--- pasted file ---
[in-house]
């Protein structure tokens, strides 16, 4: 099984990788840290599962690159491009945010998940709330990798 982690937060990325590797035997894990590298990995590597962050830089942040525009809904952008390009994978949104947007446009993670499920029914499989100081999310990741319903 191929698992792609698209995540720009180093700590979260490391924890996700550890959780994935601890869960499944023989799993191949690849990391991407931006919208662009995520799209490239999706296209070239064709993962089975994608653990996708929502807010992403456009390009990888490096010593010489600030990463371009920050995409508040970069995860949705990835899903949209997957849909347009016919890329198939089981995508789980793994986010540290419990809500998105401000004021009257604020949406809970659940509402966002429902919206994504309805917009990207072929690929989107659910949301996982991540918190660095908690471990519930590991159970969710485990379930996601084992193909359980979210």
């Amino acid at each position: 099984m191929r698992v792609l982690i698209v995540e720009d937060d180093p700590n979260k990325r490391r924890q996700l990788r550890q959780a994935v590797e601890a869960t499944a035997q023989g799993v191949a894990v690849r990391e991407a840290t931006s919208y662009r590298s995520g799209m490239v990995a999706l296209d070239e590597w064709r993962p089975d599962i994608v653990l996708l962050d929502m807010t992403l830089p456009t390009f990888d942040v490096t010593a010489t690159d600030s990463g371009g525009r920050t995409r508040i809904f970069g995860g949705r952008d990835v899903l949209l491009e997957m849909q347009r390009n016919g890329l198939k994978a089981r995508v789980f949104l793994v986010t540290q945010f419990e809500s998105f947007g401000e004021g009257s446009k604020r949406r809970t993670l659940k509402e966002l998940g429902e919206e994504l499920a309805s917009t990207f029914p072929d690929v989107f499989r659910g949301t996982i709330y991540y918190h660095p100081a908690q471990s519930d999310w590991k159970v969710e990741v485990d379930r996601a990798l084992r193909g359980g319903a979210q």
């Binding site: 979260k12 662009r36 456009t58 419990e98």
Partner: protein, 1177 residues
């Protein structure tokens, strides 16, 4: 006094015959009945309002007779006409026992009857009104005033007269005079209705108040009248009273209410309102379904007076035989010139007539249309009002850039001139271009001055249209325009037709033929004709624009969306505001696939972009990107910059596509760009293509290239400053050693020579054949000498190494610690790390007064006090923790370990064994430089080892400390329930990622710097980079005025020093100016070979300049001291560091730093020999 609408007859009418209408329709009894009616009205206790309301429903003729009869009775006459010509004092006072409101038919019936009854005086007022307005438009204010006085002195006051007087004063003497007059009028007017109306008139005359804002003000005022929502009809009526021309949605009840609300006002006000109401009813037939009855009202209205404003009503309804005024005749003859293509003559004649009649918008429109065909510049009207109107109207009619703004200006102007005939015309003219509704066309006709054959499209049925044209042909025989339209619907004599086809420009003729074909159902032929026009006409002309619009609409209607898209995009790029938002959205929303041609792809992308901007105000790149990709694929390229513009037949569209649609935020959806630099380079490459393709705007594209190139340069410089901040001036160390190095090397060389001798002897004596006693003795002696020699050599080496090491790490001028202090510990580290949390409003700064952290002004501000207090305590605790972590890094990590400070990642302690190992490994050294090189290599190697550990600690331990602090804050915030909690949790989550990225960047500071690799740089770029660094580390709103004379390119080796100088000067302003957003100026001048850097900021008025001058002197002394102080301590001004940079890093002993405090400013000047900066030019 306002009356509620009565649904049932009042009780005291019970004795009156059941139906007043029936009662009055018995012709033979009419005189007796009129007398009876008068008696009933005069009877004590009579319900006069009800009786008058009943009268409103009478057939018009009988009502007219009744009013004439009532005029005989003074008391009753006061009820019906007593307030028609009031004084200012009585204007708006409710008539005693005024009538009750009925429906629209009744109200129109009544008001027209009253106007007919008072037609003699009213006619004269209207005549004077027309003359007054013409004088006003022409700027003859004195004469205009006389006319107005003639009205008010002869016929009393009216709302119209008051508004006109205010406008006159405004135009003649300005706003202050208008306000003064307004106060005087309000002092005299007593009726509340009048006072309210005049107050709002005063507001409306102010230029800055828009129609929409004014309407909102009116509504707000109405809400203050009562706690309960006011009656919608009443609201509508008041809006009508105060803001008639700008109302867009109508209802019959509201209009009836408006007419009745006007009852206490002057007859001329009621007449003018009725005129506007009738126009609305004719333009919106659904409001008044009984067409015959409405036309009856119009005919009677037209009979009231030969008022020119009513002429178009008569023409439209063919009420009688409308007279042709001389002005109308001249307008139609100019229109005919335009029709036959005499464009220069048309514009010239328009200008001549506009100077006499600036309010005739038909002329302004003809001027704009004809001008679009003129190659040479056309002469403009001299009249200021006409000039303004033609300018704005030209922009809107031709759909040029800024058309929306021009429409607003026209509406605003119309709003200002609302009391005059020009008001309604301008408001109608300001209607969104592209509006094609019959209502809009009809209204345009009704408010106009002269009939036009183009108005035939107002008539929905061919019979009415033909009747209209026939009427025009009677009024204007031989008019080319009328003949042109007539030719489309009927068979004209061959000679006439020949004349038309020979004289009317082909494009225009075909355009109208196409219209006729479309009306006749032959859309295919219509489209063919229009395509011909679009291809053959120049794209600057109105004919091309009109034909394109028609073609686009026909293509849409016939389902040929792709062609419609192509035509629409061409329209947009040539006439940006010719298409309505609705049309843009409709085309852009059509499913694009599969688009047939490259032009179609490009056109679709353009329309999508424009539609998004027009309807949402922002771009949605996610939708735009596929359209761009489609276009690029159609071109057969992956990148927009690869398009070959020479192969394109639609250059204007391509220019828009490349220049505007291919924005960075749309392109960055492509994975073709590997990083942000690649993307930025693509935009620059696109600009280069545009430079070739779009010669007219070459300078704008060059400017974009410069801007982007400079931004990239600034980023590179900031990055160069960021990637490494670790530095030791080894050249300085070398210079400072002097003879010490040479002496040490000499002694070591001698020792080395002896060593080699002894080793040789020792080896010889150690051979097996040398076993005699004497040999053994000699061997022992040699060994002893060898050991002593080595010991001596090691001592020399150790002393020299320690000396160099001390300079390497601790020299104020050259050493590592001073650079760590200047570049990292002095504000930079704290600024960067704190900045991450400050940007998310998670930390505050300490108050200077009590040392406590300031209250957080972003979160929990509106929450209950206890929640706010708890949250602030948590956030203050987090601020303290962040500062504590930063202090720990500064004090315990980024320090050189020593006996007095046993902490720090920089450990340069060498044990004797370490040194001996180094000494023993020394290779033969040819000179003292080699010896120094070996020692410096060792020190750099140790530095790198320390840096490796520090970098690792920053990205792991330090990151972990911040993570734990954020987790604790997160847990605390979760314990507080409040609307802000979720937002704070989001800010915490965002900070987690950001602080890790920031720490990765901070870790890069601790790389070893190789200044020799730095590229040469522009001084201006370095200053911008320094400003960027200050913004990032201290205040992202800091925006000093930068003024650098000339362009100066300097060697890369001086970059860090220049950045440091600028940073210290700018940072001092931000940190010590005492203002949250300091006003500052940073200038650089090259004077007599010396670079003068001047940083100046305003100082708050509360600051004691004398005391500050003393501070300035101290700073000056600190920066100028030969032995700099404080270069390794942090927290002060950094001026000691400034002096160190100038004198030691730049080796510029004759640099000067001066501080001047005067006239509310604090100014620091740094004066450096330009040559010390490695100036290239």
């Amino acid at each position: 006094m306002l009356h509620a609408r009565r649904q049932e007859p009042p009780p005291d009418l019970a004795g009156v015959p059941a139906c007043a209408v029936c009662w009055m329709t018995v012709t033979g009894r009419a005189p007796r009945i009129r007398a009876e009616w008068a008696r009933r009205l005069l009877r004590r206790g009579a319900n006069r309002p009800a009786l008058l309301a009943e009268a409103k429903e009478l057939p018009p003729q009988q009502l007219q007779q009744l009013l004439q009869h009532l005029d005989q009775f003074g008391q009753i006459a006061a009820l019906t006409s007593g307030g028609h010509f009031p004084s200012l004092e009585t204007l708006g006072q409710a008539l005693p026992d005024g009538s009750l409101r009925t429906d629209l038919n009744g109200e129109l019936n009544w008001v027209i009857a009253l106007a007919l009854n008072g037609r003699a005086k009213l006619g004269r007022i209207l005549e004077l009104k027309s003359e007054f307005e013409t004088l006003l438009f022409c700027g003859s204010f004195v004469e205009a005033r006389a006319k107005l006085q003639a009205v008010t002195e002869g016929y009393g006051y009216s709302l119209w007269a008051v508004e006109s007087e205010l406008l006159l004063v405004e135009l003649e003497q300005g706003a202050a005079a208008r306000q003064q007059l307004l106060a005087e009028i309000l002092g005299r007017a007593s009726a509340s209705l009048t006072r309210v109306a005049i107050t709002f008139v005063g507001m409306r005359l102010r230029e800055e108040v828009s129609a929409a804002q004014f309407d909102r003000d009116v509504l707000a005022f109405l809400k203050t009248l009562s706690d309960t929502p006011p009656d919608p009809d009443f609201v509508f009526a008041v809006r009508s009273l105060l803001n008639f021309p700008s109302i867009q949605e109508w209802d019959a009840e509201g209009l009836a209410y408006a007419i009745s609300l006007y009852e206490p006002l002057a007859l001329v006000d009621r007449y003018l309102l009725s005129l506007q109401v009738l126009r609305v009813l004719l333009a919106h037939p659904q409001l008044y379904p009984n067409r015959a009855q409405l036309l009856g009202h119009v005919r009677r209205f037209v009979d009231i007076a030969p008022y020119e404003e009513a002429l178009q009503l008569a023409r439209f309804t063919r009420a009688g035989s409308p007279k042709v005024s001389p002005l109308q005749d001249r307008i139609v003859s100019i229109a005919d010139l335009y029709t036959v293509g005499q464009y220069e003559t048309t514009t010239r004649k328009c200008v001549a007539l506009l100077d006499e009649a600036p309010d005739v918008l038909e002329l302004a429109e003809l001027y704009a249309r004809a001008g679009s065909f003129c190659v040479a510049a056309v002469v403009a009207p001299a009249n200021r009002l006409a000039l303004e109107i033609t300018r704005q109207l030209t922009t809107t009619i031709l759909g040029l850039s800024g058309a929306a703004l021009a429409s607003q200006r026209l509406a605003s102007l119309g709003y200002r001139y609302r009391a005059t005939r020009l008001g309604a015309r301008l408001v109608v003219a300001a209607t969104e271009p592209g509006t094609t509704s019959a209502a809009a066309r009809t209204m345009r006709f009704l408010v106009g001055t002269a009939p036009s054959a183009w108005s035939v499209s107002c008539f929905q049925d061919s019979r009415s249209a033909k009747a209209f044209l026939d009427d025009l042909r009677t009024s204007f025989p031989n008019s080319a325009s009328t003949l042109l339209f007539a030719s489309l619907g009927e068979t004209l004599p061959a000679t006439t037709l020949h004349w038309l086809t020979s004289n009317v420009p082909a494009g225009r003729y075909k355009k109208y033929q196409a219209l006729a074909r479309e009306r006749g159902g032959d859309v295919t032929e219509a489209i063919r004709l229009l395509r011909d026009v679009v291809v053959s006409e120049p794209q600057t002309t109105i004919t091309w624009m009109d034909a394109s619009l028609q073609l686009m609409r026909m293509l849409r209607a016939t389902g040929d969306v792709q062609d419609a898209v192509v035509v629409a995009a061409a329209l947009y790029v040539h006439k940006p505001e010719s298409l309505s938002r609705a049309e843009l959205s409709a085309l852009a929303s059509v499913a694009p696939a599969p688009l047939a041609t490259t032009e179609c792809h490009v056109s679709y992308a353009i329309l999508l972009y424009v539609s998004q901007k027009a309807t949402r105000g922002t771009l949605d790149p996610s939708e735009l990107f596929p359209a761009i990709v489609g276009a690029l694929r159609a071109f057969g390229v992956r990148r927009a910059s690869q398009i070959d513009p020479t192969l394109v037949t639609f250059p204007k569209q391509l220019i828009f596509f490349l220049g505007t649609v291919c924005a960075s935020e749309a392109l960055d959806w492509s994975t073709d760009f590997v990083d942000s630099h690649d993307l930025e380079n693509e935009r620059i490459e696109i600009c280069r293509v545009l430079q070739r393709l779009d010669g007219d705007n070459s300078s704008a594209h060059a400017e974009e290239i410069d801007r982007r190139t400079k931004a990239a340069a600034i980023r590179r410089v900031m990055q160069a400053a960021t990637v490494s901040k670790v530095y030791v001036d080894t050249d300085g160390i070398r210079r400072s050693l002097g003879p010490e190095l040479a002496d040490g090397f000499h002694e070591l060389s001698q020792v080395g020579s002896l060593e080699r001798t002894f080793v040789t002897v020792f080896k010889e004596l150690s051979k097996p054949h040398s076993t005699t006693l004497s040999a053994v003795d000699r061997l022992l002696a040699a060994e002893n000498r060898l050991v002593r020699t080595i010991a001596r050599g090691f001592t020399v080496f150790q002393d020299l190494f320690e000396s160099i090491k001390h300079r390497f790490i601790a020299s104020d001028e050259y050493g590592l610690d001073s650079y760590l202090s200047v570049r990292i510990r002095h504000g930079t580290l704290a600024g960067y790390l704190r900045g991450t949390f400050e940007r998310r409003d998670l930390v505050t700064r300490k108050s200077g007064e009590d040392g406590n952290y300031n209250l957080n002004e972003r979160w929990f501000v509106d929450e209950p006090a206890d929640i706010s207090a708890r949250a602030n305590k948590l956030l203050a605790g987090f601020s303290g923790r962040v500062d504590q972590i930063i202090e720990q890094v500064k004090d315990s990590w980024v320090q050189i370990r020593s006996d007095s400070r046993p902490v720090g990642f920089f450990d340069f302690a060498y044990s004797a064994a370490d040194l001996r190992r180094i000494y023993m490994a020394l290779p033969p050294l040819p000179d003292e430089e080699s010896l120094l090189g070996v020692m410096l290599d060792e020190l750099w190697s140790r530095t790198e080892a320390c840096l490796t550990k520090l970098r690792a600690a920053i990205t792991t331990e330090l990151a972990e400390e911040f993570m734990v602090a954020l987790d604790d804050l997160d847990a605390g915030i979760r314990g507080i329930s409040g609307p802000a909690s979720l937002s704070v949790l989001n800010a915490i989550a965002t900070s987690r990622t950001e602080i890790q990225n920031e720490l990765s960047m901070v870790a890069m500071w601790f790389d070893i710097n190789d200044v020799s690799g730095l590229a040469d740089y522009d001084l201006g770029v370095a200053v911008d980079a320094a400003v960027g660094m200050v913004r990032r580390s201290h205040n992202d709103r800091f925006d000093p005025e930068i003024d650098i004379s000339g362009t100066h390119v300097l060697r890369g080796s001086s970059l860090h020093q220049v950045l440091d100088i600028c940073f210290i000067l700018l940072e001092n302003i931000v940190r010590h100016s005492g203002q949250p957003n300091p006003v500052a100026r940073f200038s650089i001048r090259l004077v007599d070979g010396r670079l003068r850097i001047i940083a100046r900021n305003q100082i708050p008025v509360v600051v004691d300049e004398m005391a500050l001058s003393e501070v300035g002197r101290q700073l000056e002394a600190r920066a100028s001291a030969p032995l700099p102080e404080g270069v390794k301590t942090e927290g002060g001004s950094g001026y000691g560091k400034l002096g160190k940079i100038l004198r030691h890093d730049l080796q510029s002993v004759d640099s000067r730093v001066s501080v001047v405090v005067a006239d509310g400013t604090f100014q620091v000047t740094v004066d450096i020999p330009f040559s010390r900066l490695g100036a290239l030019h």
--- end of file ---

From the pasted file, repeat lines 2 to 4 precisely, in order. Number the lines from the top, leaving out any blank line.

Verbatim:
């Protein structure tokens, strides 16, 4: 099984990788840290599962690159491009945010998940709330990798 982690937060990325590797035997894990590298990995590597962050830089942040525009809904952008390009994978949104947007446009993670499920029914499989100081999310990741319903 191929698992792609698209995540720009180093700590979260490391924890996700550890959780994935601890869960499944023989799993191949690849990391991407931006919208662009995520799209490239999706296209070239064709993962089975994608653990996708929502807010992403456009390009990888490096010593010489600030990463371009920050995409508040970069995860949705990835899903949209997957849909347009016919890329198939089981995508789980793994986010540290419990809500998105401000004021009257604020949406809970659940509402966002429902919206994504309805917009990207072929690929989107659910949301996982991540918190660095908690471990519930590991159970969710485990379930996601084992193909359980979210």
């Amino acid at each position: 099984m191929r698992v792609l982690i698209v995540e720009d937060d180093p700590n979260k990325r490391r924890q996700l990788r550890q959780a994935v590797e601890a869960t499944a035997q023989g799993v191949a894990v690849r990391e991407a840290t931006s919208y662009r590298s995520g799209m490239v990995a999706l296209d070239e590597w064709r993962p089975d599962i994608v653990l996708l962050d929502m807010t992403l830089p456009t390009f990888d942040v490096t010593a010489t690159d600030s990463g371009g525009r920050t995409r508040i809904f970069g995860g949705r952008d990835v899903l949209l491009e997957m849909q347009r390009n016919g890329l198939k994978a089981r995508v789980f949104l793994v986010t540290q945010f419990e809500s998105f947007g401000e004021g009257s446009k604020r949406r809970t993670l659940k509402e966002l998940g429902e919206e994504l499920a309805s917009t990207f029914p072929d690929v989107f499989r659910g949301t996982i709330y991540y918190h660095p100081a908690q471990s519930d999310w590991k159970v969710e990741v485990d379930r996601a990798l084992r193909g359980g319903a979210q």
């Binding site: 979260k12 662009r36 456009t58 419990e98």